- Take the longer end and toss it on the opposite shoulder so it wraps around your neck from the front.
When I get bored of the toss drape, this style comes in handy. It allows the front to flaunt and keeps your hands free. Here’s how you can do it:
- Wrap the scarf around your neck keeping both ends equal in length.
- Take one side and toss it to the opposite shoulder from the front.
- Do the same for the other end and adjust as necessary.
Perfect as a dress and a drape, the belt knot is an easy solution when you can’t find anything to wear or don’t have time to get changed. Here’s how it’s done:
- Drape it around the neck making sure to keep both ends equal in length.
- Tie a belt around your waist, locking in the scarf then adjust as needed.
This knot is perfect for a bland outfit. Here’s what to do:
- Wrap the scarf around your neck with one end slightly longer than the other.
- Take the longer end and pull it over the shorter side.
- Make a knot and when the long end comes out of the loop, bring it over the shorter end so it resembles a necktie.
Simple Neck Loop
A teen classic, the simple neck loop goes great with denim jackets and coats in Spring. Here’s how to wear it:
- Drape the scarf around your neck with one end no further down than the chest.
- Take the longer end and toss it behind the opposite shoulder.
- Bring it forward from the other side and adjust the length and fit.
- If it’s still quite long, repeat the toss and bring it forth.
Great with long scarves, the pull-through loop looks good with casual jackets and front-open shirts. Here’s how to do it:
- Fold your scarf in half, no need to be perfect with the shape. The more pleats, the better.
- Drape the folded scarf on your neck and bring the open ends through the loop.
- Tighten as needed by pulling the open ends.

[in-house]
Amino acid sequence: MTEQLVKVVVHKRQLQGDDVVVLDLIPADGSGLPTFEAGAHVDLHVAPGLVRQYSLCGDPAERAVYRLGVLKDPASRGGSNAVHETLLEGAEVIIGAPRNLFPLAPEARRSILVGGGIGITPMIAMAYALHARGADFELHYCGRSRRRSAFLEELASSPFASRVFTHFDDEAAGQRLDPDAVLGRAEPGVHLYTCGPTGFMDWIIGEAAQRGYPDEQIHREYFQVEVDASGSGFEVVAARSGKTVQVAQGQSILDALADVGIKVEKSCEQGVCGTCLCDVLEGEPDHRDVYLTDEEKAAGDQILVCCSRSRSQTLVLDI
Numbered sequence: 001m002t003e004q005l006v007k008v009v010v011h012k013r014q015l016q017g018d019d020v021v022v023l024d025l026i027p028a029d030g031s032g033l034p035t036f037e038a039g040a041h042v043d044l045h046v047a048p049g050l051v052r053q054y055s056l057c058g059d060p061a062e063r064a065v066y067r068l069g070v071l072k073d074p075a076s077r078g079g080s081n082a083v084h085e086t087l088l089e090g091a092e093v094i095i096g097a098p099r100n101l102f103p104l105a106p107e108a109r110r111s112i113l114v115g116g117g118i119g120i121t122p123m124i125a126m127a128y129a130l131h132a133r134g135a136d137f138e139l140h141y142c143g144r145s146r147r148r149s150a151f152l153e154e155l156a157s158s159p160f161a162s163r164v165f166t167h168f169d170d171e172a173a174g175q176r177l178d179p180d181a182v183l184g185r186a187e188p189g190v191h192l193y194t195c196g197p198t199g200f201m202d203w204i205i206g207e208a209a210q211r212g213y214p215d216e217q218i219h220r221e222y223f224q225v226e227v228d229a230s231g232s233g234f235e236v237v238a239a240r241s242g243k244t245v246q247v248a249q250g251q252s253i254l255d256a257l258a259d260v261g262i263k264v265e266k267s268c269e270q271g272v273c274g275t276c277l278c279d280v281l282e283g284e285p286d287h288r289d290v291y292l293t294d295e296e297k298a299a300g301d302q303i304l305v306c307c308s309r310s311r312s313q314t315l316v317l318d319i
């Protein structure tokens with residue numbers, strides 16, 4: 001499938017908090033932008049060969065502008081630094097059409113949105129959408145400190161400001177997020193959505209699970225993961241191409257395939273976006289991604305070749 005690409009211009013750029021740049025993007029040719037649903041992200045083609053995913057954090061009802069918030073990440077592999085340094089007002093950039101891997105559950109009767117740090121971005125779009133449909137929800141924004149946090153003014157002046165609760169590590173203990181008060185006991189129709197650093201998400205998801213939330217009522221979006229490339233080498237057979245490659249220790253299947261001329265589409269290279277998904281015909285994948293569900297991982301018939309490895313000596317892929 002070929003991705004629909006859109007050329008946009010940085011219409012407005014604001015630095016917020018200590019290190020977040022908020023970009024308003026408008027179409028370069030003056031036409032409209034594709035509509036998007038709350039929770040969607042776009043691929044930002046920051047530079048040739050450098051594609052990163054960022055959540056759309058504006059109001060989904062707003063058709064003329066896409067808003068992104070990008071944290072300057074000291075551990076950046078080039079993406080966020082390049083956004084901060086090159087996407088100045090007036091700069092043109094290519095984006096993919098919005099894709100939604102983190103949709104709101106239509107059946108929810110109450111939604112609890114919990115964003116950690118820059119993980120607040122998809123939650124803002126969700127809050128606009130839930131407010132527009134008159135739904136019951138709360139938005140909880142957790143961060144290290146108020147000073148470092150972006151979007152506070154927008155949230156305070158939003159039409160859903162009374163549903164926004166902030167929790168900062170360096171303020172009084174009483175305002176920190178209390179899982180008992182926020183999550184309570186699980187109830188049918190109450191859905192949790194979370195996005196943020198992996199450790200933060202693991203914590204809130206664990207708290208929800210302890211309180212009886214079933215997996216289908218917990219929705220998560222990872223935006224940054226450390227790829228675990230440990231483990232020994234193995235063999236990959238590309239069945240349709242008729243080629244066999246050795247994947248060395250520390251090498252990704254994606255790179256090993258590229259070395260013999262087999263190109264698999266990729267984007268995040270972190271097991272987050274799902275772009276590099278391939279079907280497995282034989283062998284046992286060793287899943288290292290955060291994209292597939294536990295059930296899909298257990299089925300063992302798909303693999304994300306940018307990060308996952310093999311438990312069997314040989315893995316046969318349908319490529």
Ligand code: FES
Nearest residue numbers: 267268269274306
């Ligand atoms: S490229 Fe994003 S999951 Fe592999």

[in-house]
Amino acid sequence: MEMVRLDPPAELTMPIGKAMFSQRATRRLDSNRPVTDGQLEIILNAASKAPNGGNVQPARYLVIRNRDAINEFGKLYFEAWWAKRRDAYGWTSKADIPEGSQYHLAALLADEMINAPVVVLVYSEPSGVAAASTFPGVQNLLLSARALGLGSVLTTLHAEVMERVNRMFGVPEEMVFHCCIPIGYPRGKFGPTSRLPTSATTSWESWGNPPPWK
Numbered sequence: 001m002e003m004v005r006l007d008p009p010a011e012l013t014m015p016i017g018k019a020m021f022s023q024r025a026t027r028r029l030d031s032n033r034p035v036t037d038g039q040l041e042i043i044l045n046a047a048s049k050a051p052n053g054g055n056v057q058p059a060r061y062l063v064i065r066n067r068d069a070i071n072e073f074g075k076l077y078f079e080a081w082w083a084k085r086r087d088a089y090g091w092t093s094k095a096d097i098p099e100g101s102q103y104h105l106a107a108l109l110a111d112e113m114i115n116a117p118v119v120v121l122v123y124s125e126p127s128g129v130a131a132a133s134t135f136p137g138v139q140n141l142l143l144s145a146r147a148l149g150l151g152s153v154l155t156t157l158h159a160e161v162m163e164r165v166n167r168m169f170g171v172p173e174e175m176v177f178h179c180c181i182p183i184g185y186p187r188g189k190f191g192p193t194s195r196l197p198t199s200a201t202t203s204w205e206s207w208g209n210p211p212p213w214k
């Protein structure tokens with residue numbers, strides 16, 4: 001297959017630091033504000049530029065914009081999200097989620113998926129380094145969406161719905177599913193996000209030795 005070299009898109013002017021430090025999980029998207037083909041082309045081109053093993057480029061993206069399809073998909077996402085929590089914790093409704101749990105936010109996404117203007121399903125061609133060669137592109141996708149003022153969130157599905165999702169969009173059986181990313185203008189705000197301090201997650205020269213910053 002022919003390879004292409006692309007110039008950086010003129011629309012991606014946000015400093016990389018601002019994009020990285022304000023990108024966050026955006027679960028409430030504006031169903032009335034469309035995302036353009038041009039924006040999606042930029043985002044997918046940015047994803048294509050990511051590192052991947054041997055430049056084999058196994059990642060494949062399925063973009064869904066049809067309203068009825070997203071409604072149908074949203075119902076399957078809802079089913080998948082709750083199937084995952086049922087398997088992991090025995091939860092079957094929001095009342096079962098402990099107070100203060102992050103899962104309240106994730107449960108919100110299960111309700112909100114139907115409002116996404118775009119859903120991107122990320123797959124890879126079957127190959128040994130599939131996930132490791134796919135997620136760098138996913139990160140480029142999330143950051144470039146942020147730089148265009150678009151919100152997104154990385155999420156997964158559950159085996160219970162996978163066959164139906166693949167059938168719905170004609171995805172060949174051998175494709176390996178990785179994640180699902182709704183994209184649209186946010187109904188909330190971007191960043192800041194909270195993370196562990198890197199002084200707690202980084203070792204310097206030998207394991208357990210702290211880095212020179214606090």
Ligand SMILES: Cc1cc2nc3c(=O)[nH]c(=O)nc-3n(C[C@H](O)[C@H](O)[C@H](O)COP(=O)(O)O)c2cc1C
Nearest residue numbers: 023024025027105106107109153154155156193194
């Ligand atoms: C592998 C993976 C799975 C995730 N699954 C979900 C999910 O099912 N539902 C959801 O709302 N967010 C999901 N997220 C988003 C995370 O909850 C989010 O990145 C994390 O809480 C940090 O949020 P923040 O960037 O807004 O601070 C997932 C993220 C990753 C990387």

This is my favorite beach cover-up. It keeps the style modest and it’s light as a feather. Here’s how I do it:
- Open up the scarf and place it behind like you would a bath towel.
- Bring the two top ends forward and cross them to the opposite shoulder.
- Tie them behind the neck twice for good measure and adjust as needed.
A modest cover for a bodycon dress and great for winters, here’s how a shoulder wrap is done:
- Drape the middle of your scarf over the head.
- Tie a loose knot in the front then bring down the hood over your shoulder and down your arms lightly.
- For an elegant look, you can turn the scarf so the knot is at the back.
A fun way to style up basic shirts, the coat-style wrap is done by:
- Tying each opposite end of a scarf together. If it’s a rectangular scarf, tie the short ends together.
- Make the knot twice then feed your arms through the loop.
- Adjust so the scarf covers the back and the loop is under the arms.
The easiest of the lot, the vintage knot goes well with a dinner date outfit and is a wrap method enjoyed for many centuries. Here’s how to do it:
- Drape the scarf around the neck then toss both ends to the opposite shoulder.
- Tie a knot at the back. This works great with thin and long scarves.